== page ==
Global Travel Media » Blog Archive » Qantas Results Commentary – is it time for Joyce to go to give someone else a go?

Home » Aviation »Headline News » Currently Reading:

Qantas Results Commentary – is it time for Joyce to go to give someone else a go?

March 1, 2014 Aviation, Headline News 7 Comments Email Email

egtmedia59With Qantas’ current CEO Alan Joyce announcing what appears to be another and perhaps heading for the final nail in the coffin blow of what was once the pride and joy of Australia and Australian aviation, surely investors and financial analysts must be asking if it is time for him to go, allowing someone else more capable have the chance of rescuing the flying kangaroo from drowning in a sea of slashing and reportedly average management.

EventsWithout doubt and to be fair to Joyce, he did inherit a rather poisoned chalice from previous CEO Geoff Dixon, who must take some responsibility for Qantas’ current disastrous situation, subsequently trying to further feather his own salubrious nest by an equity takeover that would have bankrupted Qantas. 

But hang on, Joyce was supposed to be the knight in shining armour, given the top Qantas job from his role as CEO of Jetstar, over Peter Gregg and John Borghetti, who now runs Virgin Australia, with Joyce charged with sorting out Qantas’ woes, but sadly, that does not appear to have happened. 

His announcement today says that $2 billion of costs will be slashed, including 5,000 jobs, something Joyce initially denied, then subsequently would not comment on, but has turned out to be true, with 50 aircraft to be deferred or sold and a $1 billion reduction in capital expenditure … but oh, they add in at the bottom of the list that their core investment in customer service to continue!

So what do I think all this means between now and 2017 to you and me and hey, I could be right or I could be wrong, but I one thing is certain, Qantas has to change as never before. 

Joyce said today, “It’s clear that the market Qantas operates in has changed, with structural economic shifts exacerbated by an uneven playing field in Australian aviation policy,” adding, “This situation is reflected in the financial result Qantas announces today, an Underlying PBT1 loss of $252 million for the half-year.”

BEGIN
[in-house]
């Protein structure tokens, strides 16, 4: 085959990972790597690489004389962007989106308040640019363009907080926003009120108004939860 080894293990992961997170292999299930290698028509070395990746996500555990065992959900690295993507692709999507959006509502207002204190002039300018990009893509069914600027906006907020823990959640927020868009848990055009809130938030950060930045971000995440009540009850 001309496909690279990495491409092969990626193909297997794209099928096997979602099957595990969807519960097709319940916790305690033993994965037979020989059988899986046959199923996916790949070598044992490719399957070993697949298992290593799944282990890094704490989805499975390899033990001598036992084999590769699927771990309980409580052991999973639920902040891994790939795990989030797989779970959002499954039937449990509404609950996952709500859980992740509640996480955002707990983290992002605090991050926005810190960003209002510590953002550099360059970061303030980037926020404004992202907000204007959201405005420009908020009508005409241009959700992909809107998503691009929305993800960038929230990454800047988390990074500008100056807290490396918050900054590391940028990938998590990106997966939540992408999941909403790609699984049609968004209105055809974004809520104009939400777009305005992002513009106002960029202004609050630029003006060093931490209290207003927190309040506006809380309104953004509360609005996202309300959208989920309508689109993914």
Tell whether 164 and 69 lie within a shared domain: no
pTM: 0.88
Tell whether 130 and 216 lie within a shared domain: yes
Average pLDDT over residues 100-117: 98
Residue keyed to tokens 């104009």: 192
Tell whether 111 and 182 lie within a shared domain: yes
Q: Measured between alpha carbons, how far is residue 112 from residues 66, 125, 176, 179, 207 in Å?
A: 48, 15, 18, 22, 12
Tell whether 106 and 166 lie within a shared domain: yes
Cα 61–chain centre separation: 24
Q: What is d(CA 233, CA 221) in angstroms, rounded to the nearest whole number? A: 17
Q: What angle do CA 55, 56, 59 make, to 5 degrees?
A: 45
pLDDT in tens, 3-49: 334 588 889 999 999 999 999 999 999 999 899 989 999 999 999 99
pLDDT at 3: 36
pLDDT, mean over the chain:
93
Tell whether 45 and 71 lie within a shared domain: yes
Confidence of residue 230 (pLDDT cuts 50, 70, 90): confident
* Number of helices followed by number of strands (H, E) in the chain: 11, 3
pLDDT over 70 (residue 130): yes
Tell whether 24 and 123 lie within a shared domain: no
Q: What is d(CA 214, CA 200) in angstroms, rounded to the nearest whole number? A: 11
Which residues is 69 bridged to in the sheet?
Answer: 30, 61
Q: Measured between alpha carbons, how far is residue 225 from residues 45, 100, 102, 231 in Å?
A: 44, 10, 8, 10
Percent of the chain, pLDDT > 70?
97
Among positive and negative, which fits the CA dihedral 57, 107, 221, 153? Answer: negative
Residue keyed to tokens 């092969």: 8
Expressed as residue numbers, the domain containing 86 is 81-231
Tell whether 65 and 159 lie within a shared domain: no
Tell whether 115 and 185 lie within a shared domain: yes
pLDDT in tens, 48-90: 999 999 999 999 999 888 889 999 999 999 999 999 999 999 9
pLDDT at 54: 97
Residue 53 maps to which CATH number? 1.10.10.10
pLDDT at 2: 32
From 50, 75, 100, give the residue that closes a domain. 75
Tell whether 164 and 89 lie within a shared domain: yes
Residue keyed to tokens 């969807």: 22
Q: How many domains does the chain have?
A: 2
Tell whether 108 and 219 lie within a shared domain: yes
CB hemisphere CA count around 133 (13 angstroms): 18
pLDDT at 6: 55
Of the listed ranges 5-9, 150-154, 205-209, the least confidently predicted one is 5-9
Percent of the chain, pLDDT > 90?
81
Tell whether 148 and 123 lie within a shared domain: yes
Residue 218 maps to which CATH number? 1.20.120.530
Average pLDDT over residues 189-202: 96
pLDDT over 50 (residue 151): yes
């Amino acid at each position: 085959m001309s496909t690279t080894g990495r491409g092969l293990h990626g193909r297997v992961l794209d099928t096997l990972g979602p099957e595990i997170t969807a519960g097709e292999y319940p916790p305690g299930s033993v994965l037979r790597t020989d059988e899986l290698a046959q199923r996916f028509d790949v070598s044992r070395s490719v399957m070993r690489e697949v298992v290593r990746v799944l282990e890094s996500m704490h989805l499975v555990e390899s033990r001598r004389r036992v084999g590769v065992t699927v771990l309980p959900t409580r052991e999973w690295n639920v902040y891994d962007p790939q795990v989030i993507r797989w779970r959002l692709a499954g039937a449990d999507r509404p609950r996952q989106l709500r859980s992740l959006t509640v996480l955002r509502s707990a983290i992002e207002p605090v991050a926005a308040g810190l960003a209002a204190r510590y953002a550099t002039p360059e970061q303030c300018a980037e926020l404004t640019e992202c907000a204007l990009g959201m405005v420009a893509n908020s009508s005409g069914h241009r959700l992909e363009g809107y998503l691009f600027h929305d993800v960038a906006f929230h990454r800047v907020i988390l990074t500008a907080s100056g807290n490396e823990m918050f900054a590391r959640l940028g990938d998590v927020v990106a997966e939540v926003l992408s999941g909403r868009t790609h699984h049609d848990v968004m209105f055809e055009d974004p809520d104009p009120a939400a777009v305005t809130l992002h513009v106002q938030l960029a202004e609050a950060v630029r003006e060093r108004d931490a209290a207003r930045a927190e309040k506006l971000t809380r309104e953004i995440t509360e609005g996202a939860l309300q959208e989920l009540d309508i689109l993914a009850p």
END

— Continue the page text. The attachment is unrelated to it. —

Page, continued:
He adds, “This is an unacceptable and unsustainable result”, and “Comprehensive action is needed in response.”

Yes indeed Mr Joyce, that is unacceptable, not only for you as CEO of Qantas, but for any CEO, with this result with you at the helm, so perhaps someone else should be give the chance to take over.

Perhaps the Board should ask Emirates CEO Tim Clark, although I do not think he would ever do it, to pop down to Australia to give the Qantas Board his views and advice on how to really run an airline profitably. 

I imagine Mr Clark would soon sort out the unions and what appears to be Qantas’ rather lack luster senior management, who along with Joyce all seem to blame every factor possible … except themselves!

Come on guys, it is time to take responsibility for your failure and time to fall all on all you swords, getting in a new broom to sweep it all clean.

That is simply the only way Qantas can survive and by that I also mean breaking the grip of the unions and the unrealistically high wages paid and unsustainable working condition that Qantas staff have enjoyed for years … sorry, guys, the party is over! 

I have to say that I found it amazing that Joyce said that Qantas’ core investment in customer service is to continue, yet 5,000 jobs are to go, with while some of those jobs are not related to customer delivery, such a large further slashing of jobs does suggest that Qantas is still way over staffed.

So, the time may have come for those left in Qantas to work longer hours and a lot harder and perhaps expect less pay and not as attractive working conditions … to survive!

Why? Because if those left want to keep their jobs, Qantas simple cannot any longer afford to pay the big bucks for short hours and flashy perks!

In addition, Qantas will need to change one of its core management styles and ethos which is decision making by consensus with anyone, who has tried to work with Qantas will tell you, decisions are made by consensus and at several levels, slowing down, bureaucratizing and complicating, or even killing any decision that needs to be made, with the normal answer from Qantas these days being a big loud NO!

Many industry colleagues say that that Qantas is now simply too hard to work with, saying that as a result they do not bother and simply go to other airlines.